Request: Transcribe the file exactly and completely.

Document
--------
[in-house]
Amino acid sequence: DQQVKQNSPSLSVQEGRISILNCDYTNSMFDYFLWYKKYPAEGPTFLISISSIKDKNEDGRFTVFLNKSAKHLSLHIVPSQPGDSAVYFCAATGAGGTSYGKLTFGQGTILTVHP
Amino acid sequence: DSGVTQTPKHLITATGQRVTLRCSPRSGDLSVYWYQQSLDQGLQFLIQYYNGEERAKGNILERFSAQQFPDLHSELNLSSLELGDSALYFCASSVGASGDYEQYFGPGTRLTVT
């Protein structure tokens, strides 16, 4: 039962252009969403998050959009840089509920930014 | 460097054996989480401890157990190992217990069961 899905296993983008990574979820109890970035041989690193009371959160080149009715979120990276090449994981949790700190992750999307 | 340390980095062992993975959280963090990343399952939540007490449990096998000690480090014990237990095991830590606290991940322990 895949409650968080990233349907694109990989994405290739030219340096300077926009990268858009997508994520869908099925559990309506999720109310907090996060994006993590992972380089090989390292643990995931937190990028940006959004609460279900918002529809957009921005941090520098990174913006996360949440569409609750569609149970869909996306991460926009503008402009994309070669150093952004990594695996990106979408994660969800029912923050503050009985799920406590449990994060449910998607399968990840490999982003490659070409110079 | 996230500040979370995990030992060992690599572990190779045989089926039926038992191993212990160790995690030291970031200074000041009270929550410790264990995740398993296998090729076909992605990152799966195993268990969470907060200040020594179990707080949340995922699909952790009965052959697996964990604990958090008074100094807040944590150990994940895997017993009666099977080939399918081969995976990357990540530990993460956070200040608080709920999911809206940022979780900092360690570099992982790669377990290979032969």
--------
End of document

[in-house]
Amino acid sequence: DQQVKQNSPSLSVQEGRISILNCDYTNSMFDYFLWYKKYPAEGPTFLISISSIKDKNEDGRFTVFLNKSAKHLSLHIVPSQPGDSAVYFCAATGAGGTSYGKLTFGQGTILTVHP
Amino acid sequence: DSGVTQTPKHLITATGQRVTLRCSPRSGDLSVYWYQQSLDQGLQFLIQYYNGEERAKGNILERFSAQQFPDLHSELNLSSLELGDSALYFCASSVGASGDYEQYFGPGTRLTVT
């Protein structure tokens, strides 16, 4: 039962252009969403998050959009840089509920930014 | 460097054996989480401890157990190992217990069961 899905296993983008990574979820109890970035041989690193009371959160080149009715979120990276090449994981949790700190992750999307 | 340390980095062992993975959280963090990343399952939540007490449990096998000690480090014990237990095991830590606290991940322990 895949409650968080990233349907694109990989994405290739030219340096300077926009990268858009997508994520869908099925559990309506999720109310907090996060994006993590992972380089090989390292643990995931937190990028940006959004609460279900918002529809957009921005941090520098990174913006996360949440569409609750569609149970869909996306991460926009503008402009994309070669150093952004990594695996990106979408994660969800029912923050503050009985799920406590449990994060449910998607399968990840490999982003490659070409110079 | 996230500040979370995990030992060992690599572990190779045989089926039926038992191993212990160790995690030291970031200074000041009270929550410790264990995740398993296998090729076909992605990152799966195993268990969470907060200040020594179990707080949340995922699909952790009965052959697996964990604990958090008074100094807040944590150990994940895997017993009666099977080939399918081969995976990357990540530990993460956070200040608080709920999911809206940022979780900092360690570099992982790669377990290979032969």